On 22 November Professors Clare Warren, Mark Brandon and Richard Holliman, and Dr Barbara Kunz travelled to Manchester for an OU Graduation Ceremony. We were joined by Professor Dave Rothery from Physical Sciences.
Together, they clapped nearly 600 students crossing the stage as they celebrated their sucess in a range of qualifications.
Of particular note, two new EEES PhDs were finally recognised, Drs Eleni Wood and Stacy Phillips. (Chris Malliband also graduated with a PhD from Physical Sciences.) Their opportunities for an 'in-person' graduation had been delayed due to COVID restrictions.
Photo: back row l-r, Richard Holliman, Stacy Phillips, Barbara Kunz, Clare Warren, Mark Brandon and Eleni Wood; front row l-r, Dave Rothery and Chris Malliband.
Dr Eleni Wood: The Metamorphic Evolution of Eastern Himalayan Lower Crust.
Supervisors: Clare Warren, Tom Argles, Alison Halton and Nick Roberts (BGS)
Eleni’s thesis presents a detailed metamorphic and petrochronological study of the high-pressure granulite-facies Masang Kang Terrane (MKT) in NW Bhutan. Two different units were identified within the MKT based on their P-T-t histories. In the northern MKT, the timing of eclogite-facies metamorphism (>17 kbar, ~650°C) is constrained by new zircon and monazite U-Pb ages between ~21-16 Ma. New observations of allanite textures in metabasitic ‘granulitised eclogites’ are used in conjunction with zircon to constrain the timing of the granulite overprint and decompression (750-800°C, 7-9 kbar) at ~15.5 Ma. The first occurrence of a sapphirine-bearing sample in the Himalaya yields a complementary P-T-t history, which supports high-temperature exhumation in the north MKT.
Dr Stacy Phillips: The Petrogenesis of Kyanite Migmatites in Bhutan.
Supervisors: Tom Argles, Nigel Harris, Clare Warren and Nick Roberts (BGS)
Stacy’s this thesis examines the petrogenesis of kyanite migmatites, through detailed petrography, high-resolution mineral-scale geochemistry (including the first LA-ICP-MS trace element mapping of kyanite) and geochronology. In Eastern Bhutan, melting of metapelites from the lowermost parts of the Greater Himalayan Sequence (GHS) generated ‘in-source’ kyanite migmatites by low-volume,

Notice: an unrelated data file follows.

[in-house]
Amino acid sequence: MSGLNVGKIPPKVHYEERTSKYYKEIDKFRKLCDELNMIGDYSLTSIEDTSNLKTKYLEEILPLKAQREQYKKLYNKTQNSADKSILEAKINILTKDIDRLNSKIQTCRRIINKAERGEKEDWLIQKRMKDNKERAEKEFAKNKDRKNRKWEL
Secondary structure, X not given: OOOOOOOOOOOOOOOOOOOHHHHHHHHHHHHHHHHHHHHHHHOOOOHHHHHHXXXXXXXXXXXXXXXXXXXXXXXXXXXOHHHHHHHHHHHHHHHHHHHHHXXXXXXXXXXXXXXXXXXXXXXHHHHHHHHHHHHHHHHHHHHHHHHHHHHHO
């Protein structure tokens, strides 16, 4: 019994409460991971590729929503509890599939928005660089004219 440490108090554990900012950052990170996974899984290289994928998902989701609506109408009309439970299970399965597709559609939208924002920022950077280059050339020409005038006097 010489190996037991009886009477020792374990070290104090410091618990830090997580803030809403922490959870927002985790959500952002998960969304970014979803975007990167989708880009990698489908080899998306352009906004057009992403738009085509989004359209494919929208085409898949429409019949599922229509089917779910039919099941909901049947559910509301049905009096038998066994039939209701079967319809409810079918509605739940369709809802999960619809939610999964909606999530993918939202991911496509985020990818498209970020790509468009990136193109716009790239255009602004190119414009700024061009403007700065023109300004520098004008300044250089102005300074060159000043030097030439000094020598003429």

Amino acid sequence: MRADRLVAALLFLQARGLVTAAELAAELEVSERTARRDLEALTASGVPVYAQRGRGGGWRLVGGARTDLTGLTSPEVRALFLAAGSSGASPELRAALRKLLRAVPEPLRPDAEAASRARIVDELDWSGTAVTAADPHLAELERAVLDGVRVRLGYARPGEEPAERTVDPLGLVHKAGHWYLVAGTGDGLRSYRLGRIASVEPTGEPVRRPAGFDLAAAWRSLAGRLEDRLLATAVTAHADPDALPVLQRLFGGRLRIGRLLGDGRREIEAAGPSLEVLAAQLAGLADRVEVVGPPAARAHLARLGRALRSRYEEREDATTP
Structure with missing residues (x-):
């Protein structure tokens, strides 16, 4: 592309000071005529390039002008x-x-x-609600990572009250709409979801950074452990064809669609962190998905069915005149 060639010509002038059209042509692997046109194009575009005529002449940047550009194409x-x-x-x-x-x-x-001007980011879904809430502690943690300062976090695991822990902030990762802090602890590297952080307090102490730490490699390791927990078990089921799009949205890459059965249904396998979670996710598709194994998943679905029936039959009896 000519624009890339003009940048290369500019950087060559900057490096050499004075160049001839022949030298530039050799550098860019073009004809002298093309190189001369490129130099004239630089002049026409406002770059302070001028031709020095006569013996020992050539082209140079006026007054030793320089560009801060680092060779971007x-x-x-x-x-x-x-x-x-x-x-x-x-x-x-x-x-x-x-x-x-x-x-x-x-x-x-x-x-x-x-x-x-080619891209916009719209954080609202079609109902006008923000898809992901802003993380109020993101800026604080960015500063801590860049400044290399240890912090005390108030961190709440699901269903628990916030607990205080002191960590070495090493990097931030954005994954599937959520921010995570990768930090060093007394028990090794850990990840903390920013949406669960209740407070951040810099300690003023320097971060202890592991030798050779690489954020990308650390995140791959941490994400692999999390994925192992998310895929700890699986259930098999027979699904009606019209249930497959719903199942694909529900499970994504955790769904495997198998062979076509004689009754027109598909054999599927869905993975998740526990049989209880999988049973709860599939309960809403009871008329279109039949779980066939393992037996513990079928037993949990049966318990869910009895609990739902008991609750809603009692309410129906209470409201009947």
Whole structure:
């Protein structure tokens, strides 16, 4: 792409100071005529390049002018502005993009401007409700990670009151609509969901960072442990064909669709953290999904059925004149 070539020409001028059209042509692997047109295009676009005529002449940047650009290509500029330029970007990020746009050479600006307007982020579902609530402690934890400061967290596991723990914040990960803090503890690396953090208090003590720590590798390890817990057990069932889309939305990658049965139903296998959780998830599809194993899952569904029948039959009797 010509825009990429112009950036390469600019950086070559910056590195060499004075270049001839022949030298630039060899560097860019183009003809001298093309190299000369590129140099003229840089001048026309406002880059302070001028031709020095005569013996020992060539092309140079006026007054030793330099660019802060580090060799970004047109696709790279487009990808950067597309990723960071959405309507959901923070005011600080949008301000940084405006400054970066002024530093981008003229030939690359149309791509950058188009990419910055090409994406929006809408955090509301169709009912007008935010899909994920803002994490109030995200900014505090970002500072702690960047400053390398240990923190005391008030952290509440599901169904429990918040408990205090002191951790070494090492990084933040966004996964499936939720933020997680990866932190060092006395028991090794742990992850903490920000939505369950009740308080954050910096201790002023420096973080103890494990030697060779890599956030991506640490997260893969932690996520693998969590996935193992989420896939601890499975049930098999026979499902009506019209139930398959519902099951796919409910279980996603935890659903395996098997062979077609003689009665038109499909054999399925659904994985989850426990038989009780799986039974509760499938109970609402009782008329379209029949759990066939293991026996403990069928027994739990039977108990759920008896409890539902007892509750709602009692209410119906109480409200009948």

fluid-present muscovite melting. Much of the kyanite in the leucosomes is xenocrystic, entrained from the metapelitic source rocks. Kyanite growth continued in the melt. Peritectic kyanite growth is limited but is prevalent in structurally higher migmatites. Variations in kyanite Cr/V composition reflect disequilibrium melt production and changing melt compositions. Zircon U-Pb geochronology suggests melt formed episodically between ~34 and 12 Ma in response to periodic water availability. Pulses of zircon growth at ~21 Ma and ~14 Ma may relate to movement on the Main Central Thrust, which could have facilitated fluid percolation into the overlying rocks, triggering melting.
On 22 November Professors Clare Warren, Mark Brandon and Richard Holliman, and Dr Barbara Kunz travelled to Manchester for an OU Graduation Ceremony.
An EEES researcher is leading a new Natural Environmental Research Council-funded project to improve our ability to predict climate change using cutting-edge analysis of fossilised algae molecules.
We are delighted to announce the publication of a new book Deciphering Earth's History: the Practice of Stratigraphy.